‘Serious misconduct’ alleged, security firm investigation widens

Concerns over the use of security firm Thompson and Clark by Government departments has escalated into an SIS investigation  after claims of serious misconduct at the at the Ministry for Primary Industries.

RNZ:  Thompson and Clark used SIS contact to seek govt contracts

The Security Intelligence Service has launched an internal investigation into concerns of biased and unprofessional dealings with controversial security firm Thompson and Clark.

The announcement of the investigation comes on the same day the State Services Commissioner widened his inquiry into the use of Thompson and Clark to cover all government agencies, with Commissioner Peter Hughes saying there is evidence of serious staff misconduct at the Ministry for Primary Industries.

Emails from an unnamed SIS staff member to either Gavin Clark or Nick Thompson “raise questions in relation to [unprofessional] conduct and possible bias in favour of Thompson and Clark,” SIS director general Rebecca Kitteridge said in response to an Official Information Act request.

“In light of this correspondence, I have asked for several matters to be looked into… These questions are the subject of an internal investigation,” Ms Kitteridge said.

“I have also asked for our internal processes, policies and guidance to be reviewed to ensure that our engagement with private sector providers is professional, appropriate and even-handed.”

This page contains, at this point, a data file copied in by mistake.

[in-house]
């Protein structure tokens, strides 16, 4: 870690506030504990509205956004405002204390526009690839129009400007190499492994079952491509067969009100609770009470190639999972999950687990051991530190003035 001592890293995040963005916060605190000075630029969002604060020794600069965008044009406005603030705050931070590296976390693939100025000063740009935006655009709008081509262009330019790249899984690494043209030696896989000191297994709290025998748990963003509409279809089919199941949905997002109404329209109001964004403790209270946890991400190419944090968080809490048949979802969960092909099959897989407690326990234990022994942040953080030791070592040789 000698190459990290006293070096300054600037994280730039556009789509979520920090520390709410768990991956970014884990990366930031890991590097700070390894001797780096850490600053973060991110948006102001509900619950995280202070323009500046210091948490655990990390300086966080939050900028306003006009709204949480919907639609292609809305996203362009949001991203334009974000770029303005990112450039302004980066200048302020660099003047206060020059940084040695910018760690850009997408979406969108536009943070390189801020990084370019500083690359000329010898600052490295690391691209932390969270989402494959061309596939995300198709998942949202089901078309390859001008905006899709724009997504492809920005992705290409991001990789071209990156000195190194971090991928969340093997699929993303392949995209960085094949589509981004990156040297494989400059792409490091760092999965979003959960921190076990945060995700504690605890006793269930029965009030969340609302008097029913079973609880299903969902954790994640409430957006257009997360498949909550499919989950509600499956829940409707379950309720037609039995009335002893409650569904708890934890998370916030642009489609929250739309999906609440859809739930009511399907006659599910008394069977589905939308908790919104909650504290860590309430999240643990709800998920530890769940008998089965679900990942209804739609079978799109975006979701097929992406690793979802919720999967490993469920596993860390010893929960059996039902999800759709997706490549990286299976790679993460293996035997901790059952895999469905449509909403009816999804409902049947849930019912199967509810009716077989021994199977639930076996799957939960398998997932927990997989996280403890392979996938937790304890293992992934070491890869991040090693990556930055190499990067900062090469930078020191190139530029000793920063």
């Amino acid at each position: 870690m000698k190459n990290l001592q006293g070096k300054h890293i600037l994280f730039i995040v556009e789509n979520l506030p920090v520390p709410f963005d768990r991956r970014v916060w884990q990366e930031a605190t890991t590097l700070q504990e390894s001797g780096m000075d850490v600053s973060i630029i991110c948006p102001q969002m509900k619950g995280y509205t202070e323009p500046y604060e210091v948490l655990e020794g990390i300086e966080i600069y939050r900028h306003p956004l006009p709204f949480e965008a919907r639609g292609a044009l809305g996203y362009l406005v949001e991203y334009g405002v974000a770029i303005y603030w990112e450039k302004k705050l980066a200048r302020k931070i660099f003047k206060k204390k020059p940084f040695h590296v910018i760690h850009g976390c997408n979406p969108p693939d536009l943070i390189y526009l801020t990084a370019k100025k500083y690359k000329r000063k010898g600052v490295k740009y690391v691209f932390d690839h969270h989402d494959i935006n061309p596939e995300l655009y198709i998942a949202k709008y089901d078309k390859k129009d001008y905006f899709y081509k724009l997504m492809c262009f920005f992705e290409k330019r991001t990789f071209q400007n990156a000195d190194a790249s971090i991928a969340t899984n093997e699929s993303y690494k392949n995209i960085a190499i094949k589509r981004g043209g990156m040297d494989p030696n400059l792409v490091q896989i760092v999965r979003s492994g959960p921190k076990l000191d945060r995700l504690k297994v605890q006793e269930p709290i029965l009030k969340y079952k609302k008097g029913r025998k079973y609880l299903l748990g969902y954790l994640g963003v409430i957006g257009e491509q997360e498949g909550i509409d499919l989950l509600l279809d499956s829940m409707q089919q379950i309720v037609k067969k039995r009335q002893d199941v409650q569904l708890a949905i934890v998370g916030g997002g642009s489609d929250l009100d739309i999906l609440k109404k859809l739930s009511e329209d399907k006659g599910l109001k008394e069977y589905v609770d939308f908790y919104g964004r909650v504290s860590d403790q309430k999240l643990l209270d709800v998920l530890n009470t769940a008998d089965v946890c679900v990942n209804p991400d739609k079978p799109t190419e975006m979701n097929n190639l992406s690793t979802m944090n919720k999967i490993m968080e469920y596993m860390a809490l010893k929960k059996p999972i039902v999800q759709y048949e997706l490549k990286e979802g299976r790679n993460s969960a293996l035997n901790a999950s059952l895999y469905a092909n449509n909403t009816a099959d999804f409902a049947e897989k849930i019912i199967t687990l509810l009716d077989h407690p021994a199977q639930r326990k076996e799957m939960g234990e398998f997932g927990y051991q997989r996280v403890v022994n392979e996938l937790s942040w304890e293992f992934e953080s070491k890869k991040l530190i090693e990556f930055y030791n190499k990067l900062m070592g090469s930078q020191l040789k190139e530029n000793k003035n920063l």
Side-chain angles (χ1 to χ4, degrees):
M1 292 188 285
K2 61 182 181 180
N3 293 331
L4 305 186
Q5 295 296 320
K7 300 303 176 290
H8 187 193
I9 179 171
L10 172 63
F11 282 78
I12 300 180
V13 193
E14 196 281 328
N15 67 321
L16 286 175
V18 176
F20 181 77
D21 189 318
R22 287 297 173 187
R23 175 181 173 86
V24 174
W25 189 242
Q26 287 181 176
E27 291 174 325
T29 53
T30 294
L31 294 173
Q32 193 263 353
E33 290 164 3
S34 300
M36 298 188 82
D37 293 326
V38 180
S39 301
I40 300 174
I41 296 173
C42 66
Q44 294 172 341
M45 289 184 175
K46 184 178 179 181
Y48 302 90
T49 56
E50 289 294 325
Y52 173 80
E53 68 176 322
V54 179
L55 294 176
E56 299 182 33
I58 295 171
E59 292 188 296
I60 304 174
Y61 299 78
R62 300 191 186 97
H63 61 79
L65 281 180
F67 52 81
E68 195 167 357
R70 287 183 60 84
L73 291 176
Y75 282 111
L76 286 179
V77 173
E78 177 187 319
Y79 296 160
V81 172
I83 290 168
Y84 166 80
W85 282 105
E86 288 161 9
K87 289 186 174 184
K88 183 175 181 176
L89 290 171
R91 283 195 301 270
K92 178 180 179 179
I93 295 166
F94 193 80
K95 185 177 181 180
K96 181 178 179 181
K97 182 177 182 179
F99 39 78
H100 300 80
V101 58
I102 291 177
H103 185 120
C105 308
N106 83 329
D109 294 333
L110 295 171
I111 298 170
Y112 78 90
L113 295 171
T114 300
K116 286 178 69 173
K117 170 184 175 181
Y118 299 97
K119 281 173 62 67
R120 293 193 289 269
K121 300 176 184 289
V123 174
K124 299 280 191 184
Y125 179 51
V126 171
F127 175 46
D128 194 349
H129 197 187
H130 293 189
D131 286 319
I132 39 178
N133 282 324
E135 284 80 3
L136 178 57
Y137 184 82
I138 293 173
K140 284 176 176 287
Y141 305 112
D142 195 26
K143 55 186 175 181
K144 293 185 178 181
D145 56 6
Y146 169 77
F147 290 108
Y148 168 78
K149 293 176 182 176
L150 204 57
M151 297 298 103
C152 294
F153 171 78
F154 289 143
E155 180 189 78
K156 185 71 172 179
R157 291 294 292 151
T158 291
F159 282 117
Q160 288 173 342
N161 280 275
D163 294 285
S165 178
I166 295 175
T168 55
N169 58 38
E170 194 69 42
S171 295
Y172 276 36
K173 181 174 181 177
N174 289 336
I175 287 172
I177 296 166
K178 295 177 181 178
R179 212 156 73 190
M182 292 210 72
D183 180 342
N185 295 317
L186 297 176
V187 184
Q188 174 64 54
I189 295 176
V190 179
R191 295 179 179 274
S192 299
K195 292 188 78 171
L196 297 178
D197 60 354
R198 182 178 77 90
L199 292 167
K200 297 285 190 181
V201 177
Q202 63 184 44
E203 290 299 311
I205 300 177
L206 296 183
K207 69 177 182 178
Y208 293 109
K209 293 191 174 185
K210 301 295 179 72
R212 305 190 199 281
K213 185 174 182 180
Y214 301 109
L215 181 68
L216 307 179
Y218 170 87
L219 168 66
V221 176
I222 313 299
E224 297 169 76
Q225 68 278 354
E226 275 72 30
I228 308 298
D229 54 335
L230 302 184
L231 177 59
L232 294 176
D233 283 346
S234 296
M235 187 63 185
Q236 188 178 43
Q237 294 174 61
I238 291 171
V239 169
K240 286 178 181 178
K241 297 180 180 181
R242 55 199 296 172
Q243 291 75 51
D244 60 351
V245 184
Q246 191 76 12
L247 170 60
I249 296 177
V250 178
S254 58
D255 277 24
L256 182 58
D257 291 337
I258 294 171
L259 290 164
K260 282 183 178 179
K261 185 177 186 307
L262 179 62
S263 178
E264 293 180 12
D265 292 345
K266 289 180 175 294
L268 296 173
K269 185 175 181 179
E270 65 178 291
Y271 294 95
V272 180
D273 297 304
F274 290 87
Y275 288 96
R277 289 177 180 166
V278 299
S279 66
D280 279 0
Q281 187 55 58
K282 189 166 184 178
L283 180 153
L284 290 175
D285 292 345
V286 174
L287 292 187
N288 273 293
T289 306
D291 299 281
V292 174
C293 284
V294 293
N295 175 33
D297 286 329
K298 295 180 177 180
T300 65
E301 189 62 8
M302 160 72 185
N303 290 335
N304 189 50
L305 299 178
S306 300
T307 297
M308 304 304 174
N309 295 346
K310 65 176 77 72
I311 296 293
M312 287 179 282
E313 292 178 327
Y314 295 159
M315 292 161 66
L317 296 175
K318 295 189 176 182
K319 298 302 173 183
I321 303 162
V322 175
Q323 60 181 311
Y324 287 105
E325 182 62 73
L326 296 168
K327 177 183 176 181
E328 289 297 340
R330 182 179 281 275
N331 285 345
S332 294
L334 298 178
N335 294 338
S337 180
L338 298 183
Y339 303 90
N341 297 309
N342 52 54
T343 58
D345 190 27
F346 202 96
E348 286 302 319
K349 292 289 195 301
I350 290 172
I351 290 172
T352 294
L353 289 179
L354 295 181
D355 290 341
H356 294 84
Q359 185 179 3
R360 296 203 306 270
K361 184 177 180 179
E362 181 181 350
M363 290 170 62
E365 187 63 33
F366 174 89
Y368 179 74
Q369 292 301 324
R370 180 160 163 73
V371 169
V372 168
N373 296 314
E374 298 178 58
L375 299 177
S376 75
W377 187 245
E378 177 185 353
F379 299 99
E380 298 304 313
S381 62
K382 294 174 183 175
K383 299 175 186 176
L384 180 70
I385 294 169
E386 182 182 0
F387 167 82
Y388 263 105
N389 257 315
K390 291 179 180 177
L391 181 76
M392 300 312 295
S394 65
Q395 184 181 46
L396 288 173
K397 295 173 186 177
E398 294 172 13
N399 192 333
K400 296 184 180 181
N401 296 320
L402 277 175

The emails appear to show the SIS staff member helping Thompson and Clark book contracts with government agencies around their Protective Security Requirements – “the policy, protocols and guidelines that help agencies identify what they must do to protect their people, information and assets”.

The emails also show Thompson and Clark secured its contract to develop the Department of Conservation’s Protective Security Requirements after checking in with the SIS staffer.

State Services Minister Chris Hipkins, told Checkpoint Thompson and Clark’s relationships with government agencies “certainly looks like it has been inappropriate”.

“The cosiness of the relationship between Thompson and Clark and some parts of the public service is concerning and that is one of the things that the investigation is going to get to the bottom of,” Mr Hipkins said.

It looks like a thorough investigation may be warranted here.